COVID-19 and Forestry and Land Scotland
FLS has reduced its operations to felling that is contributing to essential business requirements to help keep Scotland ticking over. Our staff are working from home where possible; staff who are working continue to practise social distancing rigorously following Government and NHS guidance to keep safe.
Fresh air and being outdoors benefits physical and mental health and well-being, and for local visitors the majority of walking trails on Scotland’s national forests and land remain open. Be aware that staff cannot maintain our standard checks and maintenance. All our mountain biking trails and all car parks are closed.
All visitors are reminded to maintain social distance at all times.
Stunning sea views, coastal trails and island heritage
Brochel wood is in the north of Raasay close to the start of Calum's Road. The ruins of Brochel Castle, a MacLeod stronghold built over 500 years ago, are also nearby.
Poverty and the cruel decisions of landlords forced many people in the north of Raasay to seek new lives elsewhere. You can take a trail to the abandoned settlements of Screapadal, movingly remembered in Sorley MacLean's Gaelic poetry.
There has been some recent planting in Brochel wood, from fast growing conifers to native species such as birch, rowan and Scots pine. It takes a few years for regeneration to get going, so there may be areas of the forest which look rough and messy for a while. Take a closer look and you'll see the beginnings of new native woodland pushing through the old.
Nearby Inverarish forest, in the south of Raasay, has a great mixture of short and long routes, as well as access to the Dun Cana hill path.
Follow Raasay’s wild eastern shore to discover the ruins of a village abandoned during the Clearances. Wonderful views across the Inner Sound towards Applecross.
Uneven gravel and grassy surface, with some narrow and muddy sections. One long fairly steep slope. Includes two gates and some shallow fords.
Allow 2 hours
Raasay-born Sorley MacLean wrote a moving Gaelic poem about the natural beauty of Screapadal and the eviction of its inhabitants in the 19th century.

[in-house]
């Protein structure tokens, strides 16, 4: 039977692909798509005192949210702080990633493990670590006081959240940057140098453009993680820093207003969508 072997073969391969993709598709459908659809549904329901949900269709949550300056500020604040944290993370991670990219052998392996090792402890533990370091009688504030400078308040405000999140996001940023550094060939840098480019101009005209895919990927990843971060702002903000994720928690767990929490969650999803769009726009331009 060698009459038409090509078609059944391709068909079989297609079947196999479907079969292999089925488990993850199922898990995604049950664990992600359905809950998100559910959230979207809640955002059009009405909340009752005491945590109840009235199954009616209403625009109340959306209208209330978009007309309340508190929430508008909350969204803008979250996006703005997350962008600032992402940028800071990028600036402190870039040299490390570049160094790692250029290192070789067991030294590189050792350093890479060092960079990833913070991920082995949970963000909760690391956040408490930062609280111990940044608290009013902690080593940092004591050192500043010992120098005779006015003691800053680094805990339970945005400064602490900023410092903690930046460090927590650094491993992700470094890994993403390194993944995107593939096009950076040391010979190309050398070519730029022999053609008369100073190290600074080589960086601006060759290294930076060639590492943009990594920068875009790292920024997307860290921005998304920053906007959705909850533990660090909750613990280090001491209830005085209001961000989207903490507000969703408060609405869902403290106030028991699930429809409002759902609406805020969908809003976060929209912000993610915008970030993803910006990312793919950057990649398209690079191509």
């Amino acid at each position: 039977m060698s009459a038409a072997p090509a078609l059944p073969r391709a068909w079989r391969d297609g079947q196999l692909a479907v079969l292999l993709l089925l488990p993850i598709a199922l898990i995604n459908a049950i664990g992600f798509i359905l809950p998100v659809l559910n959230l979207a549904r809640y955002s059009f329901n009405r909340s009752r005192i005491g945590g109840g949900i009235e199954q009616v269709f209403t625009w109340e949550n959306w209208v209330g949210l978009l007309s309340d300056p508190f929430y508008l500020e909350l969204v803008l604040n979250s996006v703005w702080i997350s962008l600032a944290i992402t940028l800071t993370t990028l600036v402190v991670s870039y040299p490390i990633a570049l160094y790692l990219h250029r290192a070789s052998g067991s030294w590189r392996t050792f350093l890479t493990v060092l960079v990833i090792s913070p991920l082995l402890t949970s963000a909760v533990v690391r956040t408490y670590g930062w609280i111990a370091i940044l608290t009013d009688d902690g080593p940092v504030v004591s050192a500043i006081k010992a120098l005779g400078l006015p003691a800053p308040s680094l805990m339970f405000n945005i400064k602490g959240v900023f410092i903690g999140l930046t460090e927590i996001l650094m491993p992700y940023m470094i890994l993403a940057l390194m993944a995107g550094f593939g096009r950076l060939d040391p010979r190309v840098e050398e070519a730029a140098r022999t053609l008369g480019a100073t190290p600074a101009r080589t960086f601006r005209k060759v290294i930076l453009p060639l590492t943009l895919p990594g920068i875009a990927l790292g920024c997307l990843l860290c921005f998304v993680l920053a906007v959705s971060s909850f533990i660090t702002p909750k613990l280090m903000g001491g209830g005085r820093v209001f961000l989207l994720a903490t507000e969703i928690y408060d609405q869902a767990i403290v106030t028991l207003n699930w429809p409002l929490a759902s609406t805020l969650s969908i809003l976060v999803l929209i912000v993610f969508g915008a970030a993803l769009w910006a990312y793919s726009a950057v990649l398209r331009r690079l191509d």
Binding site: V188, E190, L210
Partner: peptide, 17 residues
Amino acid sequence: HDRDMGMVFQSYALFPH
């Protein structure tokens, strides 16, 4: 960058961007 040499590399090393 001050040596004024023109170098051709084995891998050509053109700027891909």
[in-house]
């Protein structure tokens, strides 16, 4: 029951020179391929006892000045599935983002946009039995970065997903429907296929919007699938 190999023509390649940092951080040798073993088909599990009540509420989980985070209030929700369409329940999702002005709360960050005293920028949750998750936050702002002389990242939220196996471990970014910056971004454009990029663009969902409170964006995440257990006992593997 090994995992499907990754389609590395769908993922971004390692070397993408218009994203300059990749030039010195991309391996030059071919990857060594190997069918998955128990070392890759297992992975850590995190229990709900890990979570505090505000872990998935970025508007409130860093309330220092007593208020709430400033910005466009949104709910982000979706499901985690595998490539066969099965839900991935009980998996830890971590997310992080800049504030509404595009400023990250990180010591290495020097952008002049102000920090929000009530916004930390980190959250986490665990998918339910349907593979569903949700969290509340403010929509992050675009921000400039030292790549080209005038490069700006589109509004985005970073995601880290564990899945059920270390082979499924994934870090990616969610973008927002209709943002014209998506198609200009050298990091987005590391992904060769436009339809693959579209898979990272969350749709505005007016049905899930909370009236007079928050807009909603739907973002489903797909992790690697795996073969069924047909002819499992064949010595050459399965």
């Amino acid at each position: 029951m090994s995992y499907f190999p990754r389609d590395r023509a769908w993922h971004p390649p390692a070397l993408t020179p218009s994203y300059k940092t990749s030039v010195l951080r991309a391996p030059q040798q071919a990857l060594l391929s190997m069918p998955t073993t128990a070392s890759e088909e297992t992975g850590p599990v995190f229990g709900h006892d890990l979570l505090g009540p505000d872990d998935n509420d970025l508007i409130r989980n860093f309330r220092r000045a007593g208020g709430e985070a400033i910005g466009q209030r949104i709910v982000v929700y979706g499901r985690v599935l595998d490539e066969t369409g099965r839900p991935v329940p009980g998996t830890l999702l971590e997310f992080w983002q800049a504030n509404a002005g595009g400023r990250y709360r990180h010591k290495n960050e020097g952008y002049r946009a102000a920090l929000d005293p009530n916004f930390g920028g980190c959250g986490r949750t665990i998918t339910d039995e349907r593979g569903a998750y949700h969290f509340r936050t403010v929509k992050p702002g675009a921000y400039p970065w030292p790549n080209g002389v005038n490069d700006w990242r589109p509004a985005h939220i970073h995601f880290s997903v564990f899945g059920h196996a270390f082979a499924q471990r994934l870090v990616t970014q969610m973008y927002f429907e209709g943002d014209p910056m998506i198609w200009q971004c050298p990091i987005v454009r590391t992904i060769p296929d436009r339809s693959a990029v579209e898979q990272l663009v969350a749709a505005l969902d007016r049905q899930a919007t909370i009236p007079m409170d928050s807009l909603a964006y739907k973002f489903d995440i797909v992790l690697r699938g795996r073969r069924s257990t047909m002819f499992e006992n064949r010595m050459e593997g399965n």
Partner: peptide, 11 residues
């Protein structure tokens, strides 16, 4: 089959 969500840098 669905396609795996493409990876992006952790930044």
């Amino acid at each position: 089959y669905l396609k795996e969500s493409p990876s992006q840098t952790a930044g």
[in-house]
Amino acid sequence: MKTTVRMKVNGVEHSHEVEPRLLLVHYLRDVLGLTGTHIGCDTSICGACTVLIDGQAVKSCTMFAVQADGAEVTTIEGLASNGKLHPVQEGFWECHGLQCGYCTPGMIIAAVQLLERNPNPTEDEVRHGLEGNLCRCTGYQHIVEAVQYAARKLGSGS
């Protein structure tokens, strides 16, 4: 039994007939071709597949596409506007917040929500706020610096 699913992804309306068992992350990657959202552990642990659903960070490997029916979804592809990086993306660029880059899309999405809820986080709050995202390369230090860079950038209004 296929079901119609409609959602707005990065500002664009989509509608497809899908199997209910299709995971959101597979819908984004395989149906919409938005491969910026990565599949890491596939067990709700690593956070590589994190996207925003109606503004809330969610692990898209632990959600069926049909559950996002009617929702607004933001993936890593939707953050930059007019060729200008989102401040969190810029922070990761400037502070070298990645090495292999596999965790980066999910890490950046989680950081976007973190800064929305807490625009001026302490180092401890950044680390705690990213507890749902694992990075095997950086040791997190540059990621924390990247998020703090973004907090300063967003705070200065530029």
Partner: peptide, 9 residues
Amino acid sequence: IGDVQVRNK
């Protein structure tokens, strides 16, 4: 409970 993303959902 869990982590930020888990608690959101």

The unwaymarked route through regenerating woodlands is rough in places, but Screapadal's unexpected tranquillity is worth the effort. The onward coastal path to Hallaig in the south of the island is strenuous and difficult to follow. To continue you should have an OS map, boots and waterproofs.
Facilities & access
Facilities on Raasay
There's no bus on the island, so to explore the north end of Raasay you'll need a bike or a car. There's no petrol station either, so make sure you have enough fuel.
You'll enjoy the island more if you have boots, clothes for all weathers and an OS map. If you're visiting for the day, bring food too as you may not be near somewhere to eat when you need it. There are public toilets at the ferry terminal as you arrive.
The ferry for Raasay leaves from Sconser on the east coast of Skye and arrives on Raasay about a mile (1.6 km) from the village of Inverarish.
To reach Brochel wood, take the road from the ferry terminal and follow the signs to Inverarish village. At Henderson's Bridge take the left hand fork to Arnish. The forest entrance and car park is 7½ miles (12 km) along this road.
You can also park at Brochel Castle, ½ mile (800 metres) further on.
IV40 8PF is the nearest postcode.
There is no public transport on Raasay. To get to the north you will need a car or bike.
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